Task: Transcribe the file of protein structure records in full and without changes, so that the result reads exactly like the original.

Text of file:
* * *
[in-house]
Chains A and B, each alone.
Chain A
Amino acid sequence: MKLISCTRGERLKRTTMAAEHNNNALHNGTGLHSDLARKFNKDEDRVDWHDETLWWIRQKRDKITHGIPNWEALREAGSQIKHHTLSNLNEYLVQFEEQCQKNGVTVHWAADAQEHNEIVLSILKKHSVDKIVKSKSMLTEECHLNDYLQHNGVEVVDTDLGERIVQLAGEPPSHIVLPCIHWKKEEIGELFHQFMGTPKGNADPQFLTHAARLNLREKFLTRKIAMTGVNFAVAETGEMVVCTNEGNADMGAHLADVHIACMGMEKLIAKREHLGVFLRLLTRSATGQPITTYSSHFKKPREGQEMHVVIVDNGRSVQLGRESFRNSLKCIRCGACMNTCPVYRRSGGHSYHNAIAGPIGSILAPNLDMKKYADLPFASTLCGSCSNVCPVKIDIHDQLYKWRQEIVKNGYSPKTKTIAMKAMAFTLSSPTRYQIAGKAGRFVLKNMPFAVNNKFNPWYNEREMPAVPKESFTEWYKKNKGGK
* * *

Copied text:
[in-house]
Chains A and B, each alone.
Chain A
Amino acid sequence: MKLISCTRGERLKRTTMAAEHNNNALHNGTGLHSDLARKFNKDEDRVDWHDETLWWIRQKRDKITHGIPNWEALREAGSQIKHHTLSNLNEYLVQFEEQCQKNGVTVHWAADAQEHNEIVLSILKKHSVDKIVKSKSMLTEECHLNDYLQHNGVEVVDTDLGERIVQLAGEPPSHIVLPCIHWKKEEIGELFHQFMGTPKGNADPQFLTHAARLNLREKFLTRKIAMTGVNFAVAETGEMVVCTNEGNADMGAHLADVHIACMGMEKLIAKREHLGVFLRLLTRSATGQPITTYSSHFKKPREGQEMHVVIVDNGRSVQLGRESFRNSLKCIRCGACMNTCPVYRRSGGHSYHNAIAGPIGSILAPNLDMKKYADLPFASTLCGSCSNVCPVKIDIHDQLYKWRQEIVKNGYSPKTKTIAMKAMAFTLSSPTRYQIAGKAGRFVLKNMPFAVNNKFNPWYNEREMPAVPKESFTEWYKKNKGGK